You might have heard that bee numbers are declining …
In this guide, we outline the the causes of bee population loss and decline when it happens.
Firstly, Are Bee Population Numbers Actually Declining?
Yes, and no.
Causes Of Bee Population Loss & Decline
It really depends on the region and bee species we are talking about when talking about causes of bee population loss and decline.
For example, the threats facing the Hawaiian yellow faced bees might be different threats facing US honey bees.
Causes Of Hawaiian Yellow Faced Bee Population Loss & Decline
- [Hawaiian Yellow Face bee populations face] a wide variety of threats, including habitat destruction because of urbanization or non-native animals, the introduction of nonnative plant species, wildfires, nonnative predators and natural events such as hurricanes, tsunamis and drought.
Causes Of US Honey Bee Population Loss & Decline
US honey bee population numbers temporarily dipped for a few years during the Colony Collapse Disorder trend (for roughly 3-5 years, with the first signs appearing in 2006 in California). But, since then they have been increasing, and have been steady overall throughout history.
There is no one single factor that causes bee numbers to drop (when they do), but rather a combination of factors (sierraclub.org).
In general, the threats and factors that cause US Honey Bee population numbers to drop when they do are thought to be:
- Varrora mites that feast on bees, and the viruses these mites carry … they bring roughly a dozen different diseases into beehives, and the widely prevalent gut fungus, Nosema ceranae (acsh.org). They also bring a virus that deforms bees’ wings (sierraclub.org)
- Poor nutrition in the bees’ diet … they don’t eat enough of a variety of nutritious food sources. They tend to get nutrition from one crop such as almonds which is farmed in a monoculture, and sugar water or corn syrup that beekeepers feed them) (acsh.org). They don’t get a variety of pollen that stimulates resistance to disease (sierraclub.org). The end result is that bees are weakened, and more susceptible to illness, disease and death from the other factors and causes.
- Pesticides … synthetic insecticides called neonicotinoids used to spray crop seeds – bees come into contact with these chemicals during pollination and carry it back to the hive. These types of pesticides have sometimes shown to short-circuit bees’ memory and navigation (sierraclub.org)
- Insecticides used to kill varrora mites (also usually synthetic)
- Winter causing bee numbers to drop naturally compared to summer numbers
- Colony collapse disorder (a short multi year period where US honey bee numbers decreased due to various factors)
- Habitat loss of lower meadows because of urban development
- Inexperienced amateur beekeepers having a higher bee loss rate than bigger or more professional beekeepers with more experience and resources
- Acarina mites and hive beetles
- Bee diseases such as foulbrood and chalkbrood (which are made higher risk by bees having a poor diet)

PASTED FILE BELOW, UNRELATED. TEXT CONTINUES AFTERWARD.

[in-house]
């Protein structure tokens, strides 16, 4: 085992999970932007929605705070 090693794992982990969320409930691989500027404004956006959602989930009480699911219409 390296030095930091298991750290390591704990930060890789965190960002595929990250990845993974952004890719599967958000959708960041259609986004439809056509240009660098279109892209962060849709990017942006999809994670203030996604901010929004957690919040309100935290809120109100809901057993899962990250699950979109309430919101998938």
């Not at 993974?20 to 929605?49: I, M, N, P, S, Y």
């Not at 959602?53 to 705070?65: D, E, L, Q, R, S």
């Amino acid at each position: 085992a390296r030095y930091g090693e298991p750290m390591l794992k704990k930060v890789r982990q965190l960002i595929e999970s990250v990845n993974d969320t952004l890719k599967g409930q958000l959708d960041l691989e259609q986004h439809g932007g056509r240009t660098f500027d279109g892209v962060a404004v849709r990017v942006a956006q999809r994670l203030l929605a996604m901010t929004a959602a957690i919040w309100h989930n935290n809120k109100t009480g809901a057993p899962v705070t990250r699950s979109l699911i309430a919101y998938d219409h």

- Climate change and a changing global average temperature (although this is more a ‘maybe cause than a definite cause) – changing temperatures can push bees’ physiological limits, change hive behavior, can change their eating and feeding patterns, and can force them to go find new habitats where it’s more mild in temperature
sierraclub.org describes the temporary honey bee decline this way:
- It’s likely that it’s [the loss of bees] not GMOs, cellphones, ultraviolet lights, electromagnetic radiation
- It more likely to be a combination of factors that include parasites, pathogens, pesticides, poor nutrition, and habitat loss
beeinformed.org describes a 44% decline in 2015/16 as:
- … many factors are contributing to colony losses. A clear culprit is the varroa mite, a lethal parasite that can easily spread between colonies.
- Pesticides and malnutrition caused by changing land use patterns are also likely taking a toll, especially among commercial beekeepers
- Varroa is a particularly challenging problem among backyard beekeepers (defined as those who manage fewer than 50 colonies).
In regards to some people claiming pesticides are the main cause of honey bee deaths, agdaily.com writes this:
- … despite over a decade of study, it’s still yet to be proven that they’re [pesticides] playing a significant role in honeybee deaths
beelab.umn.edu express how important bee health and nutrition is to fighting off other causes of bee sickness and death:
- pollen and nectar collected from flowering plants that contain nutrients necessary for growth and survival. Honey bees with access to better and more complete nutrition exhibit improved immune system function and behavioral defenses for fighting off effects of pathogens and pesticides
- Bee colonies are chronically exposed to parasitic mites, viruses, diseases, miticides, pesticides, and poor nutrition, which weaken and make innate defenses insufficient at overcoming these combined stressors
- Colonies that are chronically weakened can be even more susceptible to infections and levels of pesticide exposure that might otherwise be innocuous, further promoting a downward spiral of health.
- Sick and weakened bees diminish the colony’s resiliency, ultimately leading to a breakdown in the social structure, production, efficiency, immunity, and reproduction of the colony, and eventual or sudden colony death
beelab.umn.edu also express how it can be difficult to pin point what the main causes of bee decline might be in a particular area over a multi year period:
- mechanisms for reporting colony losses and identifying the source of contamination are deficient and variable based on state and local government agencies